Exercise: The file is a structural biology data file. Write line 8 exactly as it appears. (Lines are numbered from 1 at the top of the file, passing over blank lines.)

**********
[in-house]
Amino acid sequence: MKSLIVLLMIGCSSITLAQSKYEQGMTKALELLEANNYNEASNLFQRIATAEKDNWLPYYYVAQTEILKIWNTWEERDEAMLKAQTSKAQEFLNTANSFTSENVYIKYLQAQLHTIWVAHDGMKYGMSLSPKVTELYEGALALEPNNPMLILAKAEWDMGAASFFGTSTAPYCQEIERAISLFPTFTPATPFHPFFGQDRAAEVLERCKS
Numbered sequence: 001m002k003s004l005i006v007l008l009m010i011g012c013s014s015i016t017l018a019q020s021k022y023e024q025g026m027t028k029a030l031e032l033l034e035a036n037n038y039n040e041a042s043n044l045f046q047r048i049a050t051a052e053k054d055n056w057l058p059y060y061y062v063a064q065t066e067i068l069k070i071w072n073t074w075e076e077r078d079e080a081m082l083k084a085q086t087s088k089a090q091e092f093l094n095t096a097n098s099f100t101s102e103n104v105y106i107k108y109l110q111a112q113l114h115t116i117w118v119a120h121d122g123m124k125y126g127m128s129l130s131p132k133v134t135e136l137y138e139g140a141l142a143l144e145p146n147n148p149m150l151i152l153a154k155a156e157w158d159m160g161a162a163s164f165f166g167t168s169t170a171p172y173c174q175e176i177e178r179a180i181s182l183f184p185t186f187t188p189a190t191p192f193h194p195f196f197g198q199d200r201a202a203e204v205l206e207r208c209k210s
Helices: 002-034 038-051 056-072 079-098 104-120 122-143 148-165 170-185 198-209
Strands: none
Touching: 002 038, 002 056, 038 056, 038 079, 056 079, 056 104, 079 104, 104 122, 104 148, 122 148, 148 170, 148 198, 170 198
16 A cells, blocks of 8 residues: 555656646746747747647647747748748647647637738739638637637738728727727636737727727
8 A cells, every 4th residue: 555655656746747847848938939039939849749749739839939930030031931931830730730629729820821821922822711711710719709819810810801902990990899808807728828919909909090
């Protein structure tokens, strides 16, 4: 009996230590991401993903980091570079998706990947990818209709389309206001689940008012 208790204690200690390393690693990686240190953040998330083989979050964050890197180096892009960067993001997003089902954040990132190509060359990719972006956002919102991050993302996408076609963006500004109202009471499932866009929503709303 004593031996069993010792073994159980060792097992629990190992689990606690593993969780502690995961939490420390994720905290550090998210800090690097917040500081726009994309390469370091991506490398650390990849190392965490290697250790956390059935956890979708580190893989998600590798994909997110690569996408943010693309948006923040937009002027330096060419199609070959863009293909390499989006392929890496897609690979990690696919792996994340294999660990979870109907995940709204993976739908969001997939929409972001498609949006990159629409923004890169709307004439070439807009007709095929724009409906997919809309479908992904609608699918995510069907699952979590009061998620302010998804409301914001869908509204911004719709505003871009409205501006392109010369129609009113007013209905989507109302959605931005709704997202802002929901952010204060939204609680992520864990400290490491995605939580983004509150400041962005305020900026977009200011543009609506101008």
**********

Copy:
8 A cells, every 4th residue: 555655656746747847848938939039939849749749739839939930030031931931830730730629729820821821922822711711710719709819810810801902990990899808807728828919909909090